EUROPE – Tax exemption of contributions and investment returns, or exempt-exempt tax (EET), at the European level would boost the development of second-pillar pension schemes, says the Comite Europeen des Assurances.

“The application of the principle of tax exemption of contributions and financial returns on investments, and taxation of pension benefits (exempt-exempt tax) at European level for all Member States, would encourage equal treatment between all beneficiaries and operators, thus contributing to the favorable development of second-pillar schemes and to the economy in general,” says the CEA, the European insurance body.

The CEA, which says it is “striving to eliminate barriers” in transferable pension rights, said European standards in such rights should have certain attributes.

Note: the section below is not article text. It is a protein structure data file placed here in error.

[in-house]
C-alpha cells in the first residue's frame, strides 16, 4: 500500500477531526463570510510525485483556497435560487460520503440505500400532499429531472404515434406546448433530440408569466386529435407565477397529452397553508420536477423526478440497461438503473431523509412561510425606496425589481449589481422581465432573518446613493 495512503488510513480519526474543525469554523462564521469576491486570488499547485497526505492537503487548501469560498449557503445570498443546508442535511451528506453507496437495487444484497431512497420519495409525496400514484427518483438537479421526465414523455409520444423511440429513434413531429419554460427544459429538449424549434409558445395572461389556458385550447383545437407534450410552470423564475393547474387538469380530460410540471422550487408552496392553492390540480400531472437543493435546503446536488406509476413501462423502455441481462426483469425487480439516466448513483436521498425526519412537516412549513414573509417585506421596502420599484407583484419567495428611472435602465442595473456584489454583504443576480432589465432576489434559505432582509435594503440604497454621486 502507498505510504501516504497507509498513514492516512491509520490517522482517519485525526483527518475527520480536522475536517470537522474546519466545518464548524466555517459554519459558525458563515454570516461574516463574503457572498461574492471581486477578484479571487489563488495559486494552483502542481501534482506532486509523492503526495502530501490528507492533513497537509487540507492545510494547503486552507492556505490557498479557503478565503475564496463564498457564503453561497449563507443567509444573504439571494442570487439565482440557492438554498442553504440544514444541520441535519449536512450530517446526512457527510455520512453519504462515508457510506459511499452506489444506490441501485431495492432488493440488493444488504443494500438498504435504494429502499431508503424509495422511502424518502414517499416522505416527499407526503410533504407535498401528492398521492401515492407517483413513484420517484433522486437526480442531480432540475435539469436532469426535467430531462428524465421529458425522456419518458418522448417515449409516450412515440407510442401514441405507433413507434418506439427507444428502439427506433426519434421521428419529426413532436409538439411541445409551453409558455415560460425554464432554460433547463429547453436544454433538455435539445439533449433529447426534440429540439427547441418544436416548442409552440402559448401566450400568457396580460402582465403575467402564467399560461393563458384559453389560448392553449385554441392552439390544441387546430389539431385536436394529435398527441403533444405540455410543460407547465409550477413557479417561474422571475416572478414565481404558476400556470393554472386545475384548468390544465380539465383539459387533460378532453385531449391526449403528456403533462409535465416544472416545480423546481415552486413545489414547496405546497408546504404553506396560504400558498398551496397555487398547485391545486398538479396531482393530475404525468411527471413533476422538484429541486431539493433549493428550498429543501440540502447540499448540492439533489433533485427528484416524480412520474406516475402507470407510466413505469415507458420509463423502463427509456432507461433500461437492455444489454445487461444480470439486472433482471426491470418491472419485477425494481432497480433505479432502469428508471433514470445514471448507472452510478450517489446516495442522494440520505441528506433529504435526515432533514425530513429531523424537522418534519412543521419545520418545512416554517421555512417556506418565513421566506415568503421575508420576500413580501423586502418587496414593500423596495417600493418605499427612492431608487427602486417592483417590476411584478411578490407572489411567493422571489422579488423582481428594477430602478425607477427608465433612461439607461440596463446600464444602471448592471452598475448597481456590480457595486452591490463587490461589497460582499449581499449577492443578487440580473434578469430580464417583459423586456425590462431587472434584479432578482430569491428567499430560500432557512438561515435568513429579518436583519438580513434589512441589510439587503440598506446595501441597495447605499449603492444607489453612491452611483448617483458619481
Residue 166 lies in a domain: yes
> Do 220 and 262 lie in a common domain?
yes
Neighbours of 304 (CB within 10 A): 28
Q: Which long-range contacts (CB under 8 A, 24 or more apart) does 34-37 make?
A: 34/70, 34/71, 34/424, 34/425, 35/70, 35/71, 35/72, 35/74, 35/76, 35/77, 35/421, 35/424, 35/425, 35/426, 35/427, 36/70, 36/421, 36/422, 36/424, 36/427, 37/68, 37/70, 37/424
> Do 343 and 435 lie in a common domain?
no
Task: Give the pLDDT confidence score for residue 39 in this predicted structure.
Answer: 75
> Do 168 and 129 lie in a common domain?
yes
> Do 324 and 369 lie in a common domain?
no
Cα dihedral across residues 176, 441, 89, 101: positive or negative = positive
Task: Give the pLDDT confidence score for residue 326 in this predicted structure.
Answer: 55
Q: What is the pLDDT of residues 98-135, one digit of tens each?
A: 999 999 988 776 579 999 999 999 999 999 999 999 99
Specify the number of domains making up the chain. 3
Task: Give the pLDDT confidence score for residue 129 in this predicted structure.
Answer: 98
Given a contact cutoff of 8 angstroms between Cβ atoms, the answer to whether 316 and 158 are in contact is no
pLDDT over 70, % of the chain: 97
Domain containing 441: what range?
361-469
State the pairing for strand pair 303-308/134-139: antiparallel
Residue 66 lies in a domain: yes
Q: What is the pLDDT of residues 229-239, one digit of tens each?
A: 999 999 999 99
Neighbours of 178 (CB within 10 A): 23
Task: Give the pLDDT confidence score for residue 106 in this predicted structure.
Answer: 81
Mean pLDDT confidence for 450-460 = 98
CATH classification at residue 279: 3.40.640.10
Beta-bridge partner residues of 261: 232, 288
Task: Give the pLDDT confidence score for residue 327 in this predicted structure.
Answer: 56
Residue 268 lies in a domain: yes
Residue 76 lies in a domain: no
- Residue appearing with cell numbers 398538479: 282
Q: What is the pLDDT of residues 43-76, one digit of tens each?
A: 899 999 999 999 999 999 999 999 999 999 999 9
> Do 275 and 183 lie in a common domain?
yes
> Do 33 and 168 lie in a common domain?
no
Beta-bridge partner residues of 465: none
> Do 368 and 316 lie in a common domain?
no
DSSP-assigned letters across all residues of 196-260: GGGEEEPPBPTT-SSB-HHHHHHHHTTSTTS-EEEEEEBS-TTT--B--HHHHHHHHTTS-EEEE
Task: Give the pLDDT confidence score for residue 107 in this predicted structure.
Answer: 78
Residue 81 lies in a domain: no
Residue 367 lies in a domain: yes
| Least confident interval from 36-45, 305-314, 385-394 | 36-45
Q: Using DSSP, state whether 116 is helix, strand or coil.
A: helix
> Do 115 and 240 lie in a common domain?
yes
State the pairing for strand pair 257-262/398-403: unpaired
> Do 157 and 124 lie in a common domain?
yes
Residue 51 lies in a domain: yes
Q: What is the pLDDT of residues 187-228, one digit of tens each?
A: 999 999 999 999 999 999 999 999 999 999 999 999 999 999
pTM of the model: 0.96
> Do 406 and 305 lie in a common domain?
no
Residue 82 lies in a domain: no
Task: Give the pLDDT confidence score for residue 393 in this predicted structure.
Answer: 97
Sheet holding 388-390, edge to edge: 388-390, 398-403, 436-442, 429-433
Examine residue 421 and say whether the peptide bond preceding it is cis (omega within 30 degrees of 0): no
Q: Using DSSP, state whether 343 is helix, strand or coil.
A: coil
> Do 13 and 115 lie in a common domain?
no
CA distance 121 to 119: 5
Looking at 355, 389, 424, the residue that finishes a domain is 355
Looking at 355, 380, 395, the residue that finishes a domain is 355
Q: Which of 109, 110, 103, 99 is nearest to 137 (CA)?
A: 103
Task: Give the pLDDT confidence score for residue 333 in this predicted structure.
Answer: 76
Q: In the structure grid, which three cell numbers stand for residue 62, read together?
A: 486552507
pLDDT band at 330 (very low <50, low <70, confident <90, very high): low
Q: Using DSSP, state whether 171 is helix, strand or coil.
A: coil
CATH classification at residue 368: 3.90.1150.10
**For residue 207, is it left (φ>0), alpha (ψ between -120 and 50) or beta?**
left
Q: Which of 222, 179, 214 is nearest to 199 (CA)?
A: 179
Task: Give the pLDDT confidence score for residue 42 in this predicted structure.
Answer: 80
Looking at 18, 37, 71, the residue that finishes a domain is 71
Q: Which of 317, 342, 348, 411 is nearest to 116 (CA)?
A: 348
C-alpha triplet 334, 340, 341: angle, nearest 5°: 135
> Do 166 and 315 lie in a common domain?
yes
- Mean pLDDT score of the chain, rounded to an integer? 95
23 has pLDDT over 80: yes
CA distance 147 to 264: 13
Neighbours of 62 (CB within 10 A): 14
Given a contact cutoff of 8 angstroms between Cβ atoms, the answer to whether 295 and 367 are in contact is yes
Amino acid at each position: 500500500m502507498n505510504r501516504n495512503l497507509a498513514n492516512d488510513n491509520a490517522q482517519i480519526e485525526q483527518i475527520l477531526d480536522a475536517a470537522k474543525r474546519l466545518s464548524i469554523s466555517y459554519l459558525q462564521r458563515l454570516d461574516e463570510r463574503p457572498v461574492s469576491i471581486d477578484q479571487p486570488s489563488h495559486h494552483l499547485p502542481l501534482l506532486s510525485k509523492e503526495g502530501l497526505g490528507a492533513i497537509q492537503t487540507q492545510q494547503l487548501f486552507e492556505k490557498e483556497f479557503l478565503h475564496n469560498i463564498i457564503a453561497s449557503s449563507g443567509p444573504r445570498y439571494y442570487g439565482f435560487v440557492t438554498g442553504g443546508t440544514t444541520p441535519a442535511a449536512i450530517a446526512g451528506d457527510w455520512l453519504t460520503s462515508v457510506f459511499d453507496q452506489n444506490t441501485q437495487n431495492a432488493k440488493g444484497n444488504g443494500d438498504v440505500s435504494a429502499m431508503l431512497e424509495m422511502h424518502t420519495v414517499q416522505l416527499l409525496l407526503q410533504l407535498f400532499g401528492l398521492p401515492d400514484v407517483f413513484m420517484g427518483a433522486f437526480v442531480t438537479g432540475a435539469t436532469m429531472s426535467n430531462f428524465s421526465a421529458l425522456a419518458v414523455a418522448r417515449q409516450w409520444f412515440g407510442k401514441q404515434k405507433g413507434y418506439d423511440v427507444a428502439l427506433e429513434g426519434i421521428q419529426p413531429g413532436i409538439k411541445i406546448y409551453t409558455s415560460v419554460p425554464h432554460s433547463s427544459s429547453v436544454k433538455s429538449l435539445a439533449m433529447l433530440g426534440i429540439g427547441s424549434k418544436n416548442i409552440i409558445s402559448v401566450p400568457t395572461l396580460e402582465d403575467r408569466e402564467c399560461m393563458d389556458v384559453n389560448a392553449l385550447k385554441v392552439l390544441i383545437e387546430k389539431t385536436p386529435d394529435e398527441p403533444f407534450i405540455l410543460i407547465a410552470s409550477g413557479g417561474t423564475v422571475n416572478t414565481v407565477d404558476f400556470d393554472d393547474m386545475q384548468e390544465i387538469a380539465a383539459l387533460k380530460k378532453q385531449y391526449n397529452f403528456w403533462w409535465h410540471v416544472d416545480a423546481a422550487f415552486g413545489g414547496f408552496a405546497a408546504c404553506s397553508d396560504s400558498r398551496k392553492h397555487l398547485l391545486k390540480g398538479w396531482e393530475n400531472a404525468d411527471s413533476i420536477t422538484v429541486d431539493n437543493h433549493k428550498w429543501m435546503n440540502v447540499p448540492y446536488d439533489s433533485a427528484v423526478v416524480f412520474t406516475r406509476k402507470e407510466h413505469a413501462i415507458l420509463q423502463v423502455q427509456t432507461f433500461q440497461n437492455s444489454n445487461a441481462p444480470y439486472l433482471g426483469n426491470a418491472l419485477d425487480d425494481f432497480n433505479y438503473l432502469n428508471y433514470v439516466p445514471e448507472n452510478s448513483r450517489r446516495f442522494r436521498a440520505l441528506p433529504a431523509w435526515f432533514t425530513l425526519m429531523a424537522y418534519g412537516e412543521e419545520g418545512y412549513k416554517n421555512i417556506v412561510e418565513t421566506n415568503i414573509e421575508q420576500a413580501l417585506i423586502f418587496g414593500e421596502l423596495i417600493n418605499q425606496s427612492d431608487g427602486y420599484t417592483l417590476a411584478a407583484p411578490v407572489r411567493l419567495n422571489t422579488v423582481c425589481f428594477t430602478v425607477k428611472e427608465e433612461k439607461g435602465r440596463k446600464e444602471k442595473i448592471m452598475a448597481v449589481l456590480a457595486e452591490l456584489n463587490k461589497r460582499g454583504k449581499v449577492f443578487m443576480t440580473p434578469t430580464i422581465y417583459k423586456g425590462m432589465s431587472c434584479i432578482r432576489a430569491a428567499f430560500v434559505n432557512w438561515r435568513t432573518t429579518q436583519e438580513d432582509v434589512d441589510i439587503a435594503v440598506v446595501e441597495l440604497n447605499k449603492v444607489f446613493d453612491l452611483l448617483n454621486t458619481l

It said that the standards should facilitate the acquisition of pension rights, protect acquired rights in revaluing so they are inflation proof and simplify the transfer of acquired pension rights. They should also ensure appropriate information for beneficiaries about job mobility.

It says that European insurers “insist on the need to give equal treatment to national employees who benefit from second-pillar pension schemes and nationals of other Member States”.

“The latter should benefit in particular from the same tax treatment, identical both for contributions and benefits, to that of national employees,” it adds.

The adoption of such principles “would avoid distortion of competition and would eliminate to a large extent the tax obstacles and barriers which are currently preventing any cross-border activity by institutions for occupational retirement provision”.

The European Commission launched the second stage of its consultation with social partners on measures to improve the transferability of occupational pension rights on September 15.